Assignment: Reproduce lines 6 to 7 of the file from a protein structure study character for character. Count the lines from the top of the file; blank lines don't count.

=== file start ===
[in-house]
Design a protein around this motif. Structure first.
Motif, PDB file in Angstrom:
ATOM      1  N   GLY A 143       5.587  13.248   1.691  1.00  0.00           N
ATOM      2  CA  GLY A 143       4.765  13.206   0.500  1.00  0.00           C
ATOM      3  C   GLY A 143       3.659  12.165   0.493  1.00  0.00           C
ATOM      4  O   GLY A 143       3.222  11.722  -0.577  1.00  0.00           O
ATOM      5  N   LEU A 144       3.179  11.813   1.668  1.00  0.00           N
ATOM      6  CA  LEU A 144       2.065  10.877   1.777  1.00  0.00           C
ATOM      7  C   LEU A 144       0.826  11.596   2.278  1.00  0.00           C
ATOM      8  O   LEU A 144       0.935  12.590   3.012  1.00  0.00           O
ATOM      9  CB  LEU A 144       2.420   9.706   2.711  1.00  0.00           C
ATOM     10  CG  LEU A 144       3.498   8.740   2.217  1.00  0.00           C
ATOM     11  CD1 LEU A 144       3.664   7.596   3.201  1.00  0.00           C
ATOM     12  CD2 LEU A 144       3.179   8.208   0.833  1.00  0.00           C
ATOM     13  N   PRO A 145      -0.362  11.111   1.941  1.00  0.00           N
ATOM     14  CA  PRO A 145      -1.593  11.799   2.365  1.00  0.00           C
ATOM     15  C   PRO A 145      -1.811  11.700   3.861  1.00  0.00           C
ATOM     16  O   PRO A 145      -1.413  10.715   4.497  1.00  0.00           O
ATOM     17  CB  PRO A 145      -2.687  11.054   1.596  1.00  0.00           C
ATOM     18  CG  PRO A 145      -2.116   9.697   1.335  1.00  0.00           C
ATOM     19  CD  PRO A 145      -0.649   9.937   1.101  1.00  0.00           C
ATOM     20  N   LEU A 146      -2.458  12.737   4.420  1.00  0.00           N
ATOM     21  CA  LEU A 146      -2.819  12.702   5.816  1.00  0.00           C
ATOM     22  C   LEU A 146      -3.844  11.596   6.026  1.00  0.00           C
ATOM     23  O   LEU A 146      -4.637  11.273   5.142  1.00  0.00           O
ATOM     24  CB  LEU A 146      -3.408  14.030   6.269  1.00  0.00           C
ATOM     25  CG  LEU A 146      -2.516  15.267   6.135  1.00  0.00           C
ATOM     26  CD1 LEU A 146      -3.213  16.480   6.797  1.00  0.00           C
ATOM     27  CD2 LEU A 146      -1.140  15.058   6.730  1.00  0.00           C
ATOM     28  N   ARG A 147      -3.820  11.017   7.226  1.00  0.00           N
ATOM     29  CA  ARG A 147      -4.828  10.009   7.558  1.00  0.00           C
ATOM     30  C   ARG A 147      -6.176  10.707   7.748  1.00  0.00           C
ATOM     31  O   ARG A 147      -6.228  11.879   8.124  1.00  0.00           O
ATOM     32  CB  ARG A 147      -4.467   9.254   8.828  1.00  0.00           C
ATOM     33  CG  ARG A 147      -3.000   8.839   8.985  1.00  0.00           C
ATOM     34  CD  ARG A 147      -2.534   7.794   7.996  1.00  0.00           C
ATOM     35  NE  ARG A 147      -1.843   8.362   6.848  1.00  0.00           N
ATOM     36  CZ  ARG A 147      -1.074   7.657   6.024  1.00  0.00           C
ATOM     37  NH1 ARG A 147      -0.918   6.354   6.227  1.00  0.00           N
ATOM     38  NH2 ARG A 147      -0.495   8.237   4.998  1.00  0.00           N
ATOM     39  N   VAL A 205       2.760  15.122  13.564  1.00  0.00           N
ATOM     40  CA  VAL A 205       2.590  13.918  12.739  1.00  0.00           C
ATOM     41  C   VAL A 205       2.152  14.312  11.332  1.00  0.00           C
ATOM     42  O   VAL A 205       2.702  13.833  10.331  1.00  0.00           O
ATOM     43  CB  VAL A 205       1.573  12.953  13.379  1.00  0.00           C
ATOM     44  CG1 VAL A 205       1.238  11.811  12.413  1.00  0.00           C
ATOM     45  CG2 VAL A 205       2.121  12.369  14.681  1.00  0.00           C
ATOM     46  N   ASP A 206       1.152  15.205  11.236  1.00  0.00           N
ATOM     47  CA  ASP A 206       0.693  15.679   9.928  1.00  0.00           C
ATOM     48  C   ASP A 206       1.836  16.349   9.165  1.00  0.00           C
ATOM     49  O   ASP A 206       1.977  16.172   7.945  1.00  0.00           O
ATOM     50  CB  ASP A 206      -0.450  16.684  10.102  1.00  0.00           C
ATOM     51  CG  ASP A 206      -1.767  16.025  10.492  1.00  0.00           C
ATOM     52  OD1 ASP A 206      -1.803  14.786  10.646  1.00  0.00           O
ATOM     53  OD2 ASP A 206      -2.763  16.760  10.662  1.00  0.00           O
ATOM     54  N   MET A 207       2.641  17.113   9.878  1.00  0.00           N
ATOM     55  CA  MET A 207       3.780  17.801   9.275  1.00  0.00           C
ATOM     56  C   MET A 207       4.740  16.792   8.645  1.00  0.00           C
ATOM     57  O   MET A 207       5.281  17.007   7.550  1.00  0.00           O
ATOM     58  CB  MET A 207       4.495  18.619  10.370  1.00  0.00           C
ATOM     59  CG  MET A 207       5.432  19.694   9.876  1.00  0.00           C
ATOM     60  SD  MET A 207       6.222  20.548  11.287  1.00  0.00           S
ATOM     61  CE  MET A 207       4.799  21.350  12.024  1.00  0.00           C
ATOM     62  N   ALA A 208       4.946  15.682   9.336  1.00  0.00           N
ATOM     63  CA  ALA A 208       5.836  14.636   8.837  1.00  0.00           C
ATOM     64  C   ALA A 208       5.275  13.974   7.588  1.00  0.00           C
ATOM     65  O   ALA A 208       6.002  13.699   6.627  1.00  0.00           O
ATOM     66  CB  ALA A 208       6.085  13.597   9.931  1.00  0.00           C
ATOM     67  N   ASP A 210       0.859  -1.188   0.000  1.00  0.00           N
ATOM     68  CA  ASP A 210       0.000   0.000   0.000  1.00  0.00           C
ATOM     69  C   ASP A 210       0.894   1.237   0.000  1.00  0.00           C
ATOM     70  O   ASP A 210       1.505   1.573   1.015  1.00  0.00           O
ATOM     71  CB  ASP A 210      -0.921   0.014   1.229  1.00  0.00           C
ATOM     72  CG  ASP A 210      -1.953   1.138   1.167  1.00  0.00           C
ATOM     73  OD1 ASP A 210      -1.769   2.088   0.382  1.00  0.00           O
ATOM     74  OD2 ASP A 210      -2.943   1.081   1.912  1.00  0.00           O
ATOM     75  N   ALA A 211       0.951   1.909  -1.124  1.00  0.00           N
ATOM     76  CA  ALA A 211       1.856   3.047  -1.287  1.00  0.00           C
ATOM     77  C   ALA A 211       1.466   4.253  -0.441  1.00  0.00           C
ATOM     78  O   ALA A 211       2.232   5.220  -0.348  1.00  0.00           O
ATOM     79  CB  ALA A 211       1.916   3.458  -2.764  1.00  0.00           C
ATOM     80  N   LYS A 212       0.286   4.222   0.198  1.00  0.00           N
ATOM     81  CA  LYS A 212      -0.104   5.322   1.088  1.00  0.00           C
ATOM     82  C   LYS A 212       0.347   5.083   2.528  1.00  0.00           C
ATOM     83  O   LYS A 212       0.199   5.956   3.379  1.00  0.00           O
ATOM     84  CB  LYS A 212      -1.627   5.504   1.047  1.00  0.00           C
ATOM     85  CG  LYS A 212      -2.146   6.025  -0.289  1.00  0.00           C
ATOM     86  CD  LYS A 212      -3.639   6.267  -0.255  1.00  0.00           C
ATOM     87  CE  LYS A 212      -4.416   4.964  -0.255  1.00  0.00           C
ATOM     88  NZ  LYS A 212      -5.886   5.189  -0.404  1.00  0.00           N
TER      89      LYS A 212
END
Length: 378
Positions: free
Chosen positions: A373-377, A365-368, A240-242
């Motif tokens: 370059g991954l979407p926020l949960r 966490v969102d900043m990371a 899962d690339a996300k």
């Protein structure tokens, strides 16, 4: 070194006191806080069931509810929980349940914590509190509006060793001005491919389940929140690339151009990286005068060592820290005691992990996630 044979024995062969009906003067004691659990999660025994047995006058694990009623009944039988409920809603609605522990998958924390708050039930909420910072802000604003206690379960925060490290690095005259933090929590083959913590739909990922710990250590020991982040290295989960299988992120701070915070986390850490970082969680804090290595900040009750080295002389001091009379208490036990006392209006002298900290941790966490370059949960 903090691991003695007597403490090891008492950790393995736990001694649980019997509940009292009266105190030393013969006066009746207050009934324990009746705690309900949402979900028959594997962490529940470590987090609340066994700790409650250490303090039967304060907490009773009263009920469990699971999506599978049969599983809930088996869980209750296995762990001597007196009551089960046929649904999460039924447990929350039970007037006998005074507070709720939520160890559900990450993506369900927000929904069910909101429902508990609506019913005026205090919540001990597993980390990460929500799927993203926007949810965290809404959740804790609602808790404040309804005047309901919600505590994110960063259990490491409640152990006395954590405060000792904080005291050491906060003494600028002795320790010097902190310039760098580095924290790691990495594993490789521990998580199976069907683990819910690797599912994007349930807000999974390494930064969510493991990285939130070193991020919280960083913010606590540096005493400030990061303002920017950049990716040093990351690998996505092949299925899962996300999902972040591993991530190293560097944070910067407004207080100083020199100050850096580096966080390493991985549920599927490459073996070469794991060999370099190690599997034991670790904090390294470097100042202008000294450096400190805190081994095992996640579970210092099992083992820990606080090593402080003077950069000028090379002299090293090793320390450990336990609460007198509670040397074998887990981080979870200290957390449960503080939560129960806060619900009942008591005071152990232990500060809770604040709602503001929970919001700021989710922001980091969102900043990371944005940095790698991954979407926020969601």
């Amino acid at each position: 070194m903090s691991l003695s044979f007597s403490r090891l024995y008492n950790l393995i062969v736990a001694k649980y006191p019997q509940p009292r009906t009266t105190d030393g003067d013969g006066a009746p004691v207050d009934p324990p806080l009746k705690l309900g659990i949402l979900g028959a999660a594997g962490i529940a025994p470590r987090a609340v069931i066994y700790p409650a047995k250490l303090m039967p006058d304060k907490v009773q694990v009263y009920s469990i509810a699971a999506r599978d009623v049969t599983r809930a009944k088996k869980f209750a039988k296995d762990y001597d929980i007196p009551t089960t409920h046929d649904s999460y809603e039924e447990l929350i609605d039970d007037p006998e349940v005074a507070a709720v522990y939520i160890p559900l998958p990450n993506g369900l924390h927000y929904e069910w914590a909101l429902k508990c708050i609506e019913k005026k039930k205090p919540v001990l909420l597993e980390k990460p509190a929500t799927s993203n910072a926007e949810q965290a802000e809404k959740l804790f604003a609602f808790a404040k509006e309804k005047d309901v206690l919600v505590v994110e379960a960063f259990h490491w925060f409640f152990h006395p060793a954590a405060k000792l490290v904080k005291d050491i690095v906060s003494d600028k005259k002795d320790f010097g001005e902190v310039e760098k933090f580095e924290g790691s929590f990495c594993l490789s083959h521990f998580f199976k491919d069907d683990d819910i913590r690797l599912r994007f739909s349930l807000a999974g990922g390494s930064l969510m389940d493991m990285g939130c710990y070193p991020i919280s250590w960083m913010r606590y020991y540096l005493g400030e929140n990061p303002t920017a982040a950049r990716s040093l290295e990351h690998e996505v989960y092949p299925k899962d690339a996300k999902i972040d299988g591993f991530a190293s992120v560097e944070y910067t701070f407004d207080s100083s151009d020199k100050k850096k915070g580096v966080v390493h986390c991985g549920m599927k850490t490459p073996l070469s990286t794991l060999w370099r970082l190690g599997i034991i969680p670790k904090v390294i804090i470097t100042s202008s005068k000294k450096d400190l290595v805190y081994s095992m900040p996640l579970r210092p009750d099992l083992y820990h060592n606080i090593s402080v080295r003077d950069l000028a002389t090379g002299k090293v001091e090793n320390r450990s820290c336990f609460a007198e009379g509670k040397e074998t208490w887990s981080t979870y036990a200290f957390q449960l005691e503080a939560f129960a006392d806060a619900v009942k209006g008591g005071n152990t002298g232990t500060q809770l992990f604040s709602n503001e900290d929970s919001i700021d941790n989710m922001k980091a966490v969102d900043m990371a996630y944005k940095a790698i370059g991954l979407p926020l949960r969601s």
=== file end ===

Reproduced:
ATOM      3  C   GLY A 143       3.659  12.165   0.493  1.00  0.00           C
ATOM      4  O   GLY A 143       3.222  11.722  -0.577  1.00  0.00           O